Baseball season is in full swing, and if you're among the players ready to hit the field you're probably familiar with how stiff and awkward a new glove feels. Don't worry, like a pair of shoes, a good baseball glove or softball glove gets worn in with time and use. Want to help move this process along a little faster? All you need is some baseball glove oil, a ball, and rubber bands.
- Start by applying a few drops of the oil to your glove with a washcloth. Don't be too generous, or you could deteriorate the leather. Rub it into the areas where the glove needs to move, like the finger webbing and the pocket (where the ball is held). You'll want to repeat this application every other day for the first week.
- Take a baseball and place it in the gloves pocket. Your other hand should be in the glove to hold the ball in place.
- Wrap the rubber bands around the glove with the ball still there. Now that you've got the rubber bands holding the shape, you can take your hand out.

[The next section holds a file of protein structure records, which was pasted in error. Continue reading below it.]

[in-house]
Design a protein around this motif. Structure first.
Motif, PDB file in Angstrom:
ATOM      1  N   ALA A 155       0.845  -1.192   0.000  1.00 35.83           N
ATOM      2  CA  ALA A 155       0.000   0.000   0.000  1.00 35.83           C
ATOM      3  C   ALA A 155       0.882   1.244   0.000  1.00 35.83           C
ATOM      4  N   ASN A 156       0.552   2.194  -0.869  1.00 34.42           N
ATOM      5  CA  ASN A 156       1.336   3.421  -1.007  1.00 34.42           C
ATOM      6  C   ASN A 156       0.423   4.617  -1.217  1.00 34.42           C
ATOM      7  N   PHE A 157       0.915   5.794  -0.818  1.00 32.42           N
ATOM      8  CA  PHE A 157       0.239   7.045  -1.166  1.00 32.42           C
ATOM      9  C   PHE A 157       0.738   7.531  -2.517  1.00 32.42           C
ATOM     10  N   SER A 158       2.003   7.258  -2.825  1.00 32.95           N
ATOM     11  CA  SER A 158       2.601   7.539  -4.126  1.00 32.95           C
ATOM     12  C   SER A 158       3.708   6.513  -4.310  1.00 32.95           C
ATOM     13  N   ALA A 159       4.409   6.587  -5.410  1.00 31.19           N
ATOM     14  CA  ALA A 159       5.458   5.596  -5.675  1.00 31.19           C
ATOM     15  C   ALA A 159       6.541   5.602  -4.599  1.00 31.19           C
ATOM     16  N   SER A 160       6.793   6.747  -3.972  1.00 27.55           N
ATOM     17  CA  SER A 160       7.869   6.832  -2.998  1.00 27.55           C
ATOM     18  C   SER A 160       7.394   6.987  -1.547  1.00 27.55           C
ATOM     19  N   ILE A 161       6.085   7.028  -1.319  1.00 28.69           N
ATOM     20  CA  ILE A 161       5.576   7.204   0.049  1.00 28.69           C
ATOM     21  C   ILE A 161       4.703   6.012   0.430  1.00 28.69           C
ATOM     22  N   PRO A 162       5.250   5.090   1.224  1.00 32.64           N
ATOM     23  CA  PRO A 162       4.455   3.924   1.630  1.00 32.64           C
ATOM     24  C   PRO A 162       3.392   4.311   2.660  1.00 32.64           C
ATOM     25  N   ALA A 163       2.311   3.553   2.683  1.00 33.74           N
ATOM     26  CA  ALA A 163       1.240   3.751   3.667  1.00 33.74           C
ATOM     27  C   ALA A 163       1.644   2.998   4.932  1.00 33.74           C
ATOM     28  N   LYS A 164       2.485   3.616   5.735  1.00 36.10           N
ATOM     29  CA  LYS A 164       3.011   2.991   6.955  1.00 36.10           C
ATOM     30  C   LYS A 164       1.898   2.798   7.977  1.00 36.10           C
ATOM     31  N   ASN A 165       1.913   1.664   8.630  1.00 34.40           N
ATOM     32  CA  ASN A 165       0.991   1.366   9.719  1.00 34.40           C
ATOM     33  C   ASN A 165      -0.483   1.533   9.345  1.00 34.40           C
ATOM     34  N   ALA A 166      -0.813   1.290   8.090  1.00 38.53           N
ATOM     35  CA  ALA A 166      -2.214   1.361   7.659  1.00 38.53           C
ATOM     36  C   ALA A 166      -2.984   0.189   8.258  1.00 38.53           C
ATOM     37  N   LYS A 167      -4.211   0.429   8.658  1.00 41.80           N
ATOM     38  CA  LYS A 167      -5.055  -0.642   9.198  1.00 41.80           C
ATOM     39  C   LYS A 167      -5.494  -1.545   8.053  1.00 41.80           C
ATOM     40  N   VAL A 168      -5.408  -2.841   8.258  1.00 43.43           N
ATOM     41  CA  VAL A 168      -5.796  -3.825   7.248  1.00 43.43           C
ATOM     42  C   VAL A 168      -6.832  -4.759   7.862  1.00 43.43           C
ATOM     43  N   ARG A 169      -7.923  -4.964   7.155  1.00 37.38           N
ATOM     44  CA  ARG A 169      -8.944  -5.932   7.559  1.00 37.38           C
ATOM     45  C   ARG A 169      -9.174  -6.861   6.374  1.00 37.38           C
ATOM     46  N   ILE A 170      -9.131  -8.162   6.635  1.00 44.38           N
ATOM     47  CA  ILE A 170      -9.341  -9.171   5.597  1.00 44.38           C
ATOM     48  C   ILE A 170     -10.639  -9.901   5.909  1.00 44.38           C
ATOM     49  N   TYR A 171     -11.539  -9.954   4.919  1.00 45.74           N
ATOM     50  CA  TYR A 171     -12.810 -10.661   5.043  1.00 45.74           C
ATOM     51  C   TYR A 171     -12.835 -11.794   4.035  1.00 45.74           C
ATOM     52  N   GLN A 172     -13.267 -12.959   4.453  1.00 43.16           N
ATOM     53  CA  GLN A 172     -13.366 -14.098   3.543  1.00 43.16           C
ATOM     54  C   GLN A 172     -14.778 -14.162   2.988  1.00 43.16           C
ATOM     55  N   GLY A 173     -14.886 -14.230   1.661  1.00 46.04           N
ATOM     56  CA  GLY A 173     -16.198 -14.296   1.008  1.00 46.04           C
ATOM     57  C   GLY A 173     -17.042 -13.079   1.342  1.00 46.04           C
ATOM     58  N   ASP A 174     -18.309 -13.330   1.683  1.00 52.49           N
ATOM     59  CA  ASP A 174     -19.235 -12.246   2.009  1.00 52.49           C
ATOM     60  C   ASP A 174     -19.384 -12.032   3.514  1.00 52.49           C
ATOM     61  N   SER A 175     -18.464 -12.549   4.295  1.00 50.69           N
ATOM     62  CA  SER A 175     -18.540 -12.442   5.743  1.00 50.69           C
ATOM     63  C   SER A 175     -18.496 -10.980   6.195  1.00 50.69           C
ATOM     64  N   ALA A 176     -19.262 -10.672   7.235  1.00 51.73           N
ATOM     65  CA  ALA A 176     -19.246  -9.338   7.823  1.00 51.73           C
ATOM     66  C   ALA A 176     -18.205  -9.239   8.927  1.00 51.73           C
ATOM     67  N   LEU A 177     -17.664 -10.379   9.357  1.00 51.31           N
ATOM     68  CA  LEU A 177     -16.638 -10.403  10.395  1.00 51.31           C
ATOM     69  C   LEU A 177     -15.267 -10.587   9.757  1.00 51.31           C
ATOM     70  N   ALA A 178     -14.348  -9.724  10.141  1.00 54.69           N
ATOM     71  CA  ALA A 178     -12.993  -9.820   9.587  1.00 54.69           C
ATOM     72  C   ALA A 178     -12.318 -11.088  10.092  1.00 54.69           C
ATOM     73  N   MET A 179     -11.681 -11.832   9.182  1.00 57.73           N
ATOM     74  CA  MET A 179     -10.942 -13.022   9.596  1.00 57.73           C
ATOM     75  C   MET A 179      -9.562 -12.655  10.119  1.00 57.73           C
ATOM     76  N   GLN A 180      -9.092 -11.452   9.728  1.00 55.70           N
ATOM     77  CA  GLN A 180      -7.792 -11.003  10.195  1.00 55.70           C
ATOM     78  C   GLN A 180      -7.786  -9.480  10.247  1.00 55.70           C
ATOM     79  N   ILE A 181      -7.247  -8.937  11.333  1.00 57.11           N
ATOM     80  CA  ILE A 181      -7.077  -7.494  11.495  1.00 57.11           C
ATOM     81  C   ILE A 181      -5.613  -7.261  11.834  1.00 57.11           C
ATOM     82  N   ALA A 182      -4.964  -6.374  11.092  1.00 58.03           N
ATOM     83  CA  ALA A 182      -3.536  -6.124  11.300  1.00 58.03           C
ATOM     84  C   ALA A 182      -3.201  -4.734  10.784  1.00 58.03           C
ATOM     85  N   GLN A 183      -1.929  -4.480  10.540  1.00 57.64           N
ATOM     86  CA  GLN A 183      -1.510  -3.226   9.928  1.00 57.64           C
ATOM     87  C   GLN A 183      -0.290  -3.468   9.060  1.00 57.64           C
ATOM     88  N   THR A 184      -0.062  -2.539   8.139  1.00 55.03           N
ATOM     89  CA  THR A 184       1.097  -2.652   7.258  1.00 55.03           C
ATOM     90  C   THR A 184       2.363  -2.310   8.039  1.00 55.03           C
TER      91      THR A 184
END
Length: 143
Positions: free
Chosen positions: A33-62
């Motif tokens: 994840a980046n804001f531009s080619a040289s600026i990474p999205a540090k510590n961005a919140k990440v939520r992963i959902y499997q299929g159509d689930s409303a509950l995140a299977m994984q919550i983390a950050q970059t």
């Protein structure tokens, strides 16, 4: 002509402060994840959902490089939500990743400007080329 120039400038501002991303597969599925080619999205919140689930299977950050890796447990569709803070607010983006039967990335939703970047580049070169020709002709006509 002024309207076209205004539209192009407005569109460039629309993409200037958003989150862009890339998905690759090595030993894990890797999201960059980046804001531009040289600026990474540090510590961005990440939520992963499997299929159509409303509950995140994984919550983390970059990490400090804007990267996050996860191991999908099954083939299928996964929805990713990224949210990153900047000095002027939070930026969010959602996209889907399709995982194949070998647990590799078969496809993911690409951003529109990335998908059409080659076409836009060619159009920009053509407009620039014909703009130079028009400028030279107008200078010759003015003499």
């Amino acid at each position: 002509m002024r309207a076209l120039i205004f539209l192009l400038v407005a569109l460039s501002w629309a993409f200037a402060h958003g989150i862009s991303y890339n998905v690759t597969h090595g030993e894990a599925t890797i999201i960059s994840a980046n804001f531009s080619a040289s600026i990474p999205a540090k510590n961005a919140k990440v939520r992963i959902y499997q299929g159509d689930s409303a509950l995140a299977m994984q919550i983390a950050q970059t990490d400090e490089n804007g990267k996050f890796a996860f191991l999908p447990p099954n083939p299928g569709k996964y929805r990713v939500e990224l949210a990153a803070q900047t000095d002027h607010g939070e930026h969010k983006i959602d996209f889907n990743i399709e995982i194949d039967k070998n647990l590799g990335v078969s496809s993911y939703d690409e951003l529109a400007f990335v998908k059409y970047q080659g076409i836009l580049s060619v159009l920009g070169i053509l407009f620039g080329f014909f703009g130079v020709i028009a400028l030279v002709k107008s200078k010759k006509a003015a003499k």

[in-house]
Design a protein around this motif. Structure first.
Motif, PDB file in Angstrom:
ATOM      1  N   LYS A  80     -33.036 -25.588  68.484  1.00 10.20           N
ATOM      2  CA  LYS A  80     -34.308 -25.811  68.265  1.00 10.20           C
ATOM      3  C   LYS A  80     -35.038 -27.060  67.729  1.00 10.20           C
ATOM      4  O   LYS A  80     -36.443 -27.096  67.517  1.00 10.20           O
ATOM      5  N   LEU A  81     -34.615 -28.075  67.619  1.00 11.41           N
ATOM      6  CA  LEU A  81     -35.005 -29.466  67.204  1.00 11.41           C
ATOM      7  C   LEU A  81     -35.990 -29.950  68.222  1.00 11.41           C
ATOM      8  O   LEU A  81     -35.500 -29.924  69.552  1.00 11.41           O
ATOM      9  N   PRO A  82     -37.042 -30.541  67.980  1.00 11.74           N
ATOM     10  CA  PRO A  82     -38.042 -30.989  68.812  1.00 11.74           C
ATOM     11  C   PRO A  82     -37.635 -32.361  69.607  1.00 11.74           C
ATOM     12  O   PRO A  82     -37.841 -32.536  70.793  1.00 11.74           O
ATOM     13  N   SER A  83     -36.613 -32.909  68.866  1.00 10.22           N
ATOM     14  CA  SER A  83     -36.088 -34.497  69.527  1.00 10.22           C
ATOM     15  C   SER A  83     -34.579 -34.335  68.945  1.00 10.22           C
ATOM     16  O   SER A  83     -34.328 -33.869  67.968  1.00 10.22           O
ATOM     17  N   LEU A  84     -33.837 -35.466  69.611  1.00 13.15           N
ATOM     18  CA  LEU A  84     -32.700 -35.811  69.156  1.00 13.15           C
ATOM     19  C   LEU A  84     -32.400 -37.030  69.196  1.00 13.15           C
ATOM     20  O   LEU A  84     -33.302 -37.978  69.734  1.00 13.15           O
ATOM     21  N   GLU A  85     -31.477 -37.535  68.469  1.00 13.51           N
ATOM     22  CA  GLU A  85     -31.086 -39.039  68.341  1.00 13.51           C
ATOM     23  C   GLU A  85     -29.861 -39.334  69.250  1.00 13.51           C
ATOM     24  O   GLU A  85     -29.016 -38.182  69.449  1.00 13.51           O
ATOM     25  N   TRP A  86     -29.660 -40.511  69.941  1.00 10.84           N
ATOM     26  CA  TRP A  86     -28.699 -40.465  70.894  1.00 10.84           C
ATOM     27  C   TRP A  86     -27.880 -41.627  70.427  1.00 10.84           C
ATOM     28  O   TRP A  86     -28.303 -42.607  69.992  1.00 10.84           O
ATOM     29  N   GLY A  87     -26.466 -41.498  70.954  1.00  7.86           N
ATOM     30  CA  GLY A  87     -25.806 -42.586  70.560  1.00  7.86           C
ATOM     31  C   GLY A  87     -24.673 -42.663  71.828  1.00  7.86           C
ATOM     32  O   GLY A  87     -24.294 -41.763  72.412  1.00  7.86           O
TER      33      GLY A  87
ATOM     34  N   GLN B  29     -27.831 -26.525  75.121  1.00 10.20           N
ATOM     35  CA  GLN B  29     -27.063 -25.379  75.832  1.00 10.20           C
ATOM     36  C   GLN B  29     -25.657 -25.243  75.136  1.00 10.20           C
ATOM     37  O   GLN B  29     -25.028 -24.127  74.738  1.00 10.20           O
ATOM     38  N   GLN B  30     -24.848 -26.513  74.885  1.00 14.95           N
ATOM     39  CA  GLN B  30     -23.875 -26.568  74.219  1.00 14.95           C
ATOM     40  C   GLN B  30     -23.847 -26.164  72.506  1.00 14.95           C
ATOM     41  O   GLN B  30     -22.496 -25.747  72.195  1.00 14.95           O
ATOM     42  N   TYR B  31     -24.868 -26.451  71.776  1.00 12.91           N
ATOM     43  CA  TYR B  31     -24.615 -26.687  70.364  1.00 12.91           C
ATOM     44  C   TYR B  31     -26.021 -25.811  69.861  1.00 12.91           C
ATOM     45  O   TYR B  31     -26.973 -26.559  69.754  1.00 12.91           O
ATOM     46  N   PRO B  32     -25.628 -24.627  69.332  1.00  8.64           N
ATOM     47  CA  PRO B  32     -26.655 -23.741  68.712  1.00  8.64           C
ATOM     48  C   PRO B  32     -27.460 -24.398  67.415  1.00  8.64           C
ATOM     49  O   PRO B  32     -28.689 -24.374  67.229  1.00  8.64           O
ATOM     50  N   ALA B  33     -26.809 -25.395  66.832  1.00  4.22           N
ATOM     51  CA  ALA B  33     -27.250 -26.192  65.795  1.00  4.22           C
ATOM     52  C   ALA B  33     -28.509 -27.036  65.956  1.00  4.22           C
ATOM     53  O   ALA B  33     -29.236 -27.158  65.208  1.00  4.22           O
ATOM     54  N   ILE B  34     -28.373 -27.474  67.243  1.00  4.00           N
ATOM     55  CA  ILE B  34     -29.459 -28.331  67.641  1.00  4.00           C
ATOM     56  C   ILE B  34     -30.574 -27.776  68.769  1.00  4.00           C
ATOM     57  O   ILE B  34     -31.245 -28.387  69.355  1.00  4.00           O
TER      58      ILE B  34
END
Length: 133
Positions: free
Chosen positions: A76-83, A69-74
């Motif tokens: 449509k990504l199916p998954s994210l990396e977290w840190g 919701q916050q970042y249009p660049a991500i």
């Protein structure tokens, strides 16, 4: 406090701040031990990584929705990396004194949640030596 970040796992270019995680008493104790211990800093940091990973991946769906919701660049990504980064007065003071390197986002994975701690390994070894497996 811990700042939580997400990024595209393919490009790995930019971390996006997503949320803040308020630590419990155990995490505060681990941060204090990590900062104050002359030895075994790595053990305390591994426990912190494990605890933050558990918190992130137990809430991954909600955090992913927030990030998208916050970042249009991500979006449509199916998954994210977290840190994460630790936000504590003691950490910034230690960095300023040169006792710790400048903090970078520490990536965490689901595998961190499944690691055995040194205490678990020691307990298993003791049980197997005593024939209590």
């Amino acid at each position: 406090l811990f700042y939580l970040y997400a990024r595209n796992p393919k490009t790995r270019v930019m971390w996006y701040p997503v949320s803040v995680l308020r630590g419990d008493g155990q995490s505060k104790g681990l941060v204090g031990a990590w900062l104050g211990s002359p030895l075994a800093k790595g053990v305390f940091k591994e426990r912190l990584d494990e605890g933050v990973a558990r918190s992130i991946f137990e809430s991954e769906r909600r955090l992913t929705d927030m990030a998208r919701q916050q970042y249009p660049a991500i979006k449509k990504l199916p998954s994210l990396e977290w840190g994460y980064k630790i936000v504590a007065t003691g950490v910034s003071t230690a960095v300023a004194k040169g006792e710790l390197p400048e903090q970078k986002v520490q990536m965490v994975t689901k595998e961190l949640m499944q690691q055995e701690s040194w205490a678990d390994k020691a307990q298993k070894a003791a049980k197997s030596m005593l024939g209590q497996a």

- Adding some warmth to the equation will help the process along further, but be careful not to go overboard. Setting it on a windowsill for an hour or two can do the trick, but don't leave it too long because sunlight can be damaging. You can also tuck it under your mattress overnight to keep it compressed. Some people have tried to speed along the process by hitting their glove with a hammer, running it over with a car or even put it in the microwave (NOT recommended).
Make sure to use the glove daily, spending as much time as you can to let the glove fit the shape of your hand. Try not to let anyone else use it until you've got it broken in - you want it to shape itself to your hand without interference. As soon as you're done playing with the glove, wrap it back up with the ball and rubber bands. If you do the oil, play, wrap process as instructed, your glove should be ready for action in a week.
Here's a few more resources on breaking in a baseball glove: